23. The Committee recommends that comprehensive information regarding the composition of the population, the geographic areas where minority nationalities are concentrated, their standard of living and other educational and social indices be included in the next report. Such information should be provided not only with respect to minority nationalities living in the autonomous areas, but also as far as possible with respect to those dispersed in various regions. With regard to the latter groups, the Committee would appreciate information regarding the legal protection available to dispersed minorities relative to the rights provided for in the Convention.

24. The Committee recommends that consideration be given to the inclusion of more members of minority nationalities in positions of leadership, not only in the Government but also in the Party and other institutions at both the national and local levels.

25. The Committee recommends that the elaboration and adoption of autonomy regulations for the five autonomous regions, which were envisioned in the 1984 Law on Autonomous Regions, be expedited.

26. The Committee recommends that any policies or practices that may result in a substantial alteration of the demographic composition of autonomous areas be reviewed.

27. The Committee recommends that information and clarification be provided in the next periodic report on allegations of destruction by the State of mosques, Buddhist and Lama temples and other places of worship of the minority nationalities. It encourages the Government to avoid any restriction on the exercise of religious rights of the members of minority nationalities.

28. The Committee recommends that in relation to respect for article 5 (b) of the Convention information be provided in the next report concerning the number and percentage of persons detained who are of minority origin relative to the total prison population of the State party and the types of violations with which they have been charged.

29. The Committee recommends that further necessary legal, administrative or other appropriate measures be taken to ensure that there is no discrimination against members of minority nationalities, in either the public service or private employment, with respect to the right to just and favourable conditions of work and the right to just and favourable remuneration.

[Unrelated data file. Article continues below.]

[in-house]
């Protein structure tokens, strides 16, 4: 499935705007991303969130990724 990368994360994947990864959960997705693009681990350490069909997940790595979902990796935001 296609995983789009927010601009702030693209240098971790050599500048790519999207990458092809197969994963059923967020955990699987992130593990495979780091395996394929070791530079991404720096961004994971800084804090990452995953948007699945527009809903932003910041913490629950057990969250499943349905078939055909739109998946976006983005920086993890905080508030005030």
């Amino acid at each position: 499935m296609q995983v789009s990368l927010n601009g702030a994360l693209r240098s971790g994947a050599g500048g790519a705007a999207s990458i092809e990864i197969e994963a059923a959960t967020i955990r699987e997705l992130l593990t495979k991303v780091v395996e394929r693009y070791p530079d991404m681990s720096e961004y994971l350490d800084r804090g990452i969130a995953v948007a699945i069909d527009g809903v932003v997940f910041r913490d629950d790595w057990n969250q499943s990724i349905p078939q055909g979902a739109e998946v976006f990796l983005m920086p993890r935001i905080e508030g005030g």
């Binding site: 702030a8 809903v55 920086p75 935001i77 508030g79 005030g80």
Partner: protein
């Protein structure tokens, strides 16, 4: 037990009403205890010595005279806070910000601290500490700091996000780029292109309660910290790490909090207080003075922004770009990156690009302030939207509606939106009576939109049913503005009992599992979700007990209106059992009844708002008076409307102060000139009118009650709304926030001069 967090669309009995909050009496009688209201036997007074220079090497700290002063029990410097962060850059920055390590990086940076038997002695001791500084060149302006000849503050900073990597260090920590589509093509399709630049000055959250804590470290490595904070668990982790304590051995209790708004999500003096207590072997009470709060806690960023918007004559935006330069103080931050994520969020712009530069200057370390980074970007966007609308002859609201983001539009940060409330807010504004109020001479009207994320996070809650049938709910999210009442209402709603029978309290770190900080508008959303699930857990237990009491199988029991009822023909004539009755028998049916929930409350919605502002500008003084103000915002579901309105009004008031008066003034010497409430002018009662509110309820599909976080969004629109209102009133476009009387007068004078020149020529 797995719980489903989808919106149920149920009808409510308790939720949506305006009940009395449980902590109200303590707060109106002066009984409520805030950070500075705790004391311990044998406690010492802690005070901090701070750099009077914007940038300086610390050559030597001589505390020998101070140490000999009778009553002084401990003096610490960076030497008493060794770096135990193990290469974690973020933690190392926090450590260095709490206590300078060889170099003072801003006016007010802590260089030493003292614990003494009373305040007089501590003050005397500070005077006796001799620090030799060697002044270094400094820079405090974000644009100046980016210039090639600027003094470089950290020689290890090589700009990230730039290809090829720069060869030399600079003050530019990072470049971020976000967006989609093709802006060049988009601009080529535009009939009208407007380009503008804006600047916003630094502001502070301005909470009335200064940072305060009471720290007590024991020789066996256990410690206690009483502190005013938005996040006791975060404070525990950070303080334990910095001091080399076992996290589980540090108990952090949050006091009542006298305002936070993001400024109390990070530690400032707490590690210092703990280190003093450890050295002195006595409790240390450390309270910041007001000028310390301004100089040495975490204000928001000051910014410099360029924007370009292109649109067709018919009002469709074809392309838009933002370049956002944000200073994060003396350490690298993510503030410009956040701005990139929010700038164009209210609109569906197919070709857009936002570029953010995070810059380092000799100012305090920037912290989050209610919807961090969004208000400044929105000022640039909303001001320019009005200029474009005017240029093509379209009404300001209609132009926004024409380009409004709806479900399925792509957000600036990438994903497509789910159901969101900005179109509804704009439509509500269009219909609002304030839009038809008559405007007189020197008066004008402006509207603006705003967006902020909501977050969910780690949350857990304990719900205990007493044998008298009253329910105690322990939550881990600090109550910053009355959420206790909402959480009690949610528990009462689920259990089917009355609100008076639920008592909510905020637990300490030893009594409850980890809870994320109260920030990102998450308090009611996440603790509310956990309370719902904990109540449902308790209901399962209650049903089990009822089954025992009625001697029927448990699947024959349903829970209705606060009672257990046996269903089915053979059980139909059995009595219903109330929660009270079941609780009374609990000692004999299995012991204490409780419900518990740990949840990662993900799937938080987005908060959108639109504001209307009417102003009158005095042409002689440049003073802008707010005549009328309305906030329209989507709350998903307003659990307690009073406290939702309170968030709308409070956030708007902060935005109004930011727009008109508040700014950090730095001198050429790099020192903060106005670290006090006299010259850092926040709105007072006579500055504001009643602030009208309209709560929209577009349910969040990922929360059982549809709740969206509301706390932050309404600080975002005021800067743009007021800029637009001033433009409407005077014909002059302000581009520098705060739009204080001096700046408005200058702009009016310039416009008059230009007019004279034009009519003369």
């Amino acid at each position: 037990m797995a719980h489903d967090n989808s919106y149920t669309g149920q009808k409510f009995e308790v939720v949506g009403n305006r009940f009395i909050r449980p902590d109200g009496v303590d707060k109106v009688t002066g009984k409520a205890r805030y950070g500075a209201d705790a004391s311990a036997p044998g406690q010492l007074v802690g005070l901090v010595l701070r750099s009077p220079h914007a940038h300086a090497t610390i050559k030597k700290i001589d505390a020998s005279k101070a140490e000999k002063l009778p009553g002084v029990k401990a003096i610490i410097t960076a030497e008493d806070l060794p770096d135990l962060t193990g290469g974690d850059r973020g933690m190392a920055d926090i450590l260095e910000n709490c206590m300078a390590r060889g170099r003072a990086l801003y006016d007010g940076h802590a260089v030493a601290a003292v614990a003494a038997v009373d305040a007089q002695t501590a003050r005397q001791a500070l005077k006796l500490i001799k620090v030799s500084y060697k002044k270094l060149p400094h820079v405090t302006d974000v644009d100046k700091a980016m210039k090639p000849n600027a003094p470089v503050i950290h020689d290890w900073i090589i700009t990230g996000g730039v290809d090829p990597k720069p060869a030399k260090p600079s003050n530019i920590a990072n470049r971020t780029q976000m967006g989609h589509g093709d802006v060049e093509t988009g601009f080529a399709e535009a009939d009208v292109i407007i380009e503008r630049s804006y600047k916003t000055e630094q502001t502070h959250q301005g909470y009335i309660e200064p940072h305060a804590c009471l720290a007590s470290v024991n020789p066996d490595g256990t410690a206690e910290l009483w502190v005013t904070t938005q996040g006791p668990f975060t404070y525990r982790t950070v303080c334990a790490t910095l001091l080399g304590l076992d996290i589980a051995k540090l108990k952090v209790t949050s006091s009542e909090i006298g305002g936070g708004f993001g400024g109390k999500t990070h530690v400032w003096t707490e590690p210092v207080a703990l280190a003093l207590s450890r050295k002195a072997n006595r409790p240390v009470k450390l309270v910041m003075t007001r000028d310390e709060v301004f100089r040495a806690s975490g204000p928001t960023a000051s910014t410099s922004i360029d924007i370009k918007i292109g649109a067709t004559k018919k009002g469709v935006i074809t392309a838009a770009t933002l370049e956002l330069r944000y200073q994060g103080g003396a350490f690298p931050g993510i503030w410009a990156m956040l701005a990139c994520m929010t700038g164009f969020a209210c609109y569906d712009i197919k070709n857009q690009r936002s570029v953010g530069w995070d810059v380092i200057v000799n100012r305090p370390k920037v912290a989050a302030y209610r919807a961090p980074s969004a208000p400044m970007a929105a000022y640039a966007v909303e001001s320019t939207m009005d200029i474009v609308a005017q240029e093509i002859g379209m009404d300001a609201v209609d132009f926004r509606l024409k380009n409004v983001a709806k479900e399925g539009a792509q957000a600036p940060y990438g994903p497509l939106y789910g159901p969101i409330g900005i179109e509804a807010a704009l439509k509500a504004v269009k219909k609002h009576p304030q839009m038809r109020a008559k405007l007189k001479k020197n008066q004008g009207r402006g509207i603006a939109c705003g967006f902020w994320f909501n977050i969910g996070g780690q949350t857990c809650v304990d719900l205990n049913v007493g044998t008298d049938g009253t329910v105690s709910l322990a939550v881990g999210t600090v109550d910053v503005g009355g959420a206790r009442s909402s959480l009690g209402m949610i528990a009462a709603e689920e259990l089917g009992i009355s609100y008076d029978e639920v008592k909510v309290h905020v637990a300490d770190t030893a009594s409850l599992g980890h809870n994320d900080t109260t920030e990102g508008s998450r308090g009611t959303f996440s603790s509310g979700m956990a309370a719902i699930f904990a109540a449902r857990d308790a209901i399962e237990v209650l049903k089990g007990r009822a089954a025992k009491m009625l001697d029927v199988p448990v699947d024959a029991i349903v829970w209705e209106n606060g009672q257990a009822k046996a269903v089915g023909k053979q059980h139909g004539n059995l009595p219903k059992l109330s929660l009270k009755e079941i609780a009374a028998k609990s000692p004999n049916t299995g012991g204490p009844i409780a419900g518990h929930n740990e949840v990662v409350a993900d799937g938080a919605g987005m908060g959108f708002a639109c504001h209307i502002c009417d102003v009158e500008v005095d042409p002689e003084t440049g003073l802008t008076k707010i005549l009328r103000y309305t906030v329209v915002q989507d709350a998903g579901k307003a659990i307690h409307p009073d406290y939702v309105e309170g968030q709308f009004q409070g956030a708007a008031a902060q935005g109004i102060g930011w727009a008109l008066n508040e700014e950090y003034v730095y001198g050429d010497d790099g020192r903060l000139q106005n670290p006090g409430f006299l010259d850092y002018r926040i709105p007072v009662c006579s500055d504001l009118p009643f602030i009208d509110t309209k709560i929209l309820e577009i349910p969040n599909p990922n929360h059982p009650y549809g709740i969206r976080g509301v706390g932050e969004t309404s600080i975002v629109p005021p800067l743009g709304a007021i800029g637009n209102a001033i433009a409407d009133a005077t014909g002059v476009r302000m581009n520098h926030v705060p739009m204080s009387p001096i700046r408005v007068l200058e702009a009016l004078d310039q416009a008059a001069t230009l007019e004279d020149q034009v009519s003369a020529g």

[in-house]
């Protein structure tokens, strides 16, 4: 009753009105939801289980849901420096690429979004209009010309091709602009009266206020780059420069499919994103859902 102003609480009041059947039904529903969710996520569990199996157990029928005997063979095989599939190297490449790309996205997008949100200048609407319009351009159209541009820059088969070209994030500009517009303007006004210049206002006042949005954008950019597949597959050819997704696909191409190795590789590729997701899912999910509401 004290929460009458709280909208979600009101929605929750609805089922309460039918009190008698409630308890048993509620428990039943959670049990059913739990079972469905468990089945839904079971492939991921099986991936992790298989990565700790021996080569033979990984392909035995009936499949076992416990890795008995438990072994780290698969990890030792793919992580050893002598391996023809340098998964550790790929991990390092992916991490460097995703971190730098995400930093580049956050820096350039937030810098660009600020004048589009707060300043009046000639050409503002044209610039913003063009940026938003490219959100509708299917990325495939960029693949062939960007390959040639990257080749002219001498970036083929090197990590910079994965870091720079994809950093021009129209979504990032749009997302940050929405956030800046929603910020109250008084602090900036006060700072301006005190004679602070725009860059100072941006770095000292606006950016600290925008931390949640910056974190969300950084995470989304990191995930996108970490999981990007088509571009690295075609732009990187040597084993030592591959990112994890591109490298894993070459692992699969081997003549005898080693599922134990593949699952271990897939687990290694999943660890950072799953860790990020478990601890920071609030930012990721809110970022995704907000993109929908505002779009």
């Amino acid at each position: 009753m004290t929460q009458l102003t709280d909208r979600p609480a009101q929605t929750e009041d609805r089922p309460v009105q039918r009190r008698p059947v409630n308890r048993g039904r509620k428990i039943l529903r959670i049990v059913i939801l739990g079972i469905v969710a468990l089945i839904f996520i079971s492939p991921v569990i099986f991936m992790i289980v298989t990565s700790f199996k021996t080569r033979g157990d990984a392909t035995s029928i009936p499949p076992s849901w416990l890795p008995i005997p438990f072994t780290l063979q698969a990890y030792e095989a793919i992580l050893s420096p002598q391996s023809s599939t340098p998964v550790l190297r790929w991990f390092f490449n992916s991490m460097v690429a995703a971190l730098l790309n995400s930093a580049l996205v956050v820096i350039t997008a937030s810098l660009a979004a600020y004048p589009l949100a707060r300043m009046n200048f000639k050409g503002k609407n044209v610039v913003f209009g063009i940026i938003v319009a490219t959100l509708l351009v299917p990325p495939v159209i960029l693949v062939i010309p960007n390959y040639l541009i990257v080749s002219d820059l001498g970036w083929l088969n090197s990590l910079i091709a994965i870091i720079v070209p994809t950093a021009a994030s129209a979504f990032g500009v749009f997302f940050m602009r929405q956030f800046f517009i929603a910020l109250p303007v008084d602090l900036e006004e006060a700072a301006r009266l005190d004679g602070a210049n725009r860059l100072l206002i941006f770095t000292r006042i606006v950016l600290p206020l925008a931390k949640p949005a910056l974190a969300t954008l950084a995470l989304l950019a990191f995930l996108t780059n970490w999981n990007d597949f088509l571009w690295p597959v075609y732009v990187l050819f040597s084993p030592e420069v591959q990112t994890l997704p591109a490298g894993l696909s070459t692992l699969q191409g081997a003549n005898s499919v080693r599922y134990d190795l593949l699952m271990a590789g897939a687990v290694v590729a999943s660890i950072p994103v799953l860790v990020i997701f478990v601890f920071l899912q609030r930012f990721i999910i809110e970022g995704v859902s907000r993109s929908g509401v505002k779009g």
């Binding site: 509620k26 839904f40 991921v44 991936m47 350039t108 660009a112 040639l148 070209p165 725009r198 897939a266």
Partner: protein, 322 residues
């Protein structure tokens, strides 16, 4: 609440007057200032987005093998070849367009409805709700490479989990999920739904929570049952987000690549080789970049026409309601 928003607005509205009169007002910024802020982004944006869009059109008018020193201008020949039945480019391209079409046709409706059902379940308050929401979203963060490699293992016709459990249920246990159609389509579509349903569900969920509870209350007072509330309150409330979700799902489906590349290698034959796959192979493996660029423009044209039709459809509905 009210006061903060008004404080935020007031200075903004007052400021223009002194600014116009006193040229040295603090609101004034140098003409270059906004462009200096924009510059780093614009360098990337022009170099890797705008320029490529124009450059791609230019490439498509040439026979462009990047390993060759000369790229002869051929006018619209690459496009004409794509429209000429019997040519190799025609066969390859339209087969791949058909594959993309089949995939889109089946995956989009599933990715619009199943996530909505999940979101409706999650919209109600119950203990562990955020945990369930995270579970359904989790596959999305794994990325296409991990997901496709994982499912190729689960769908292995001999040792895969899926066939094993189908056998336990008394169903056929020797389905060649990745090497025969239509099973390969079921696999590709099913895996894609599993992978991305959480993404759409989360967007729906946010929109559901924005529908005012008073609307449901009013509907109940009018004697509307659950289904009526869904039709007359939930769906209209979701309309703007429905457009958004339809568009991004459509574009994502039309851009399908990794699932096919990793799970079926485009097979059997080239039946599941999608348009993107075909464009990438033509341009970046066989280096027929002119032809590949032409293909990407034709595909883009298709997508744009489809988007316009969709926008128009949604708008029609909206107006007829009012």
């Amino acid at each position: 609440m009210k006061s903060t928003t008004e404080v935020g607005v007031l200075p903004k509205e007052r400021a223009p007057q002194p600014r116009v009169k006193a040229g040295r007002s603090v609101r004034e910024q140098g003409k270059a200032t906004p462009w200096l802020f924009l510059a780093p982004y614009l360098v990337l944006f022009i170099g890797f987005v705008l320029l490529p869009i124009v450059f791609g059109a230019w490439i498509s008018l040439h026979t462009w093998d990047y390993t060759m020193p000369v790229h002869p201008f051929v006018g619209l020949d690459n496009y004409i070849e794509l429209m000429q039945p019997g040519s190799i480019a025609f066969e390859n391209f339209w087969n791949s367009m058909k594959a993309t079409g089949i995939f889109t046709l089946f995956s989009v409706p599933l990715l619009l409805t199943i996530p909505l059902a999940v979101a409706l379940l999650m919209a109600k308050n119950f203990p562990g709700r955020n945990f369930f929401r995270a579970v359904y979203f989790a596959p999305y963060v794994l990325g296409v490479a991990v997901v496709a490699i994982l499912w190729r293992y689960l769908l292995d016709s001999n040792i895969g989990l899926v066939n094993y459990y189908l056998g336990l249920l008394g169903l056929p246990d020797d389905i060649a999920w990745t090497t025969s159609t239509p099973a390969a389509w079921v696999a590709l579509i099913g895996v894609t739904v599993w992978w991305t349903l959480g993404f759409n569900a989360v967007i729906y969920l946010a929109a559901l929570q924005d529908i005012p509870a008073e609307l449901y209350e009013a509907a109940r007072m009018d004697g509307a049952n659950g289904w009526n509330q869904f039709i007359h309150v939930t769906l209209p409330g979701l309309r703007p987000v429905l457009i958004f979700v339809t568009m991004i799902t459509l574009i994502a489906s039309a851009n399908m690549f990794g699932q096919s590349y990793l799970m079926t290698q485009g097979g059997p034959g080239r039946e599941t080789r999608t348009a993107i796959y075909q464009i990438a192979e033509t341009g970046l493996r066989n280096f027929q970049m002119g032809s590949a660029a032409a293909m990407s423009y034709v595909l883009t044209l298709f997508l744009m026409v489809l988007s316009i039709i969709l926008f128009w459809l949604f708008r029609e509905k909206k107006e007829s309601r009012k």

30. With respect to article 5 (e) (v) of the Convention concerning the right to education, the Committee recommends that the State party ensure access by members of minority nationalities to education at all levels and that, in autonomous areas, instruction on the history and culture of the relevant minority nationalities be included in the school curricula.

31. The Committee recommends that special attention be paid to any adverse effect that economic development and national modernization may have on the enjoyment of the right to culture, particularly of minority nationalities.

32. With respect to article 6 of the Convention, the Committee recommends that the State party provide in its next periodic report information and statistics on complaints filed and judgements passed on acts of racial discrimination.

33. The Committee recommends that the State party consider how it may implement the provisions of article 7 and incorporate in the school curricula and the training of persons working in the public service, appropriate instruction effectively to combat prejudice and promote tolerance.

34. The Committee recommends that the text of the Convention, the State report and the present concluding observations of the Committee be widely disseminated and made available in national languages, particularly those spoken in autonomous areas.

35. The Committee recommends that the State party ratify at its earliest convenience the amendments to article 8, paragraph 6, of the Convention, adopted by the 14th meeting of States parties.

36. The Committee recommends that the State party's next periodic report, due on 28 January 1997, be updating in character and that it address all points raised in these concluding observations.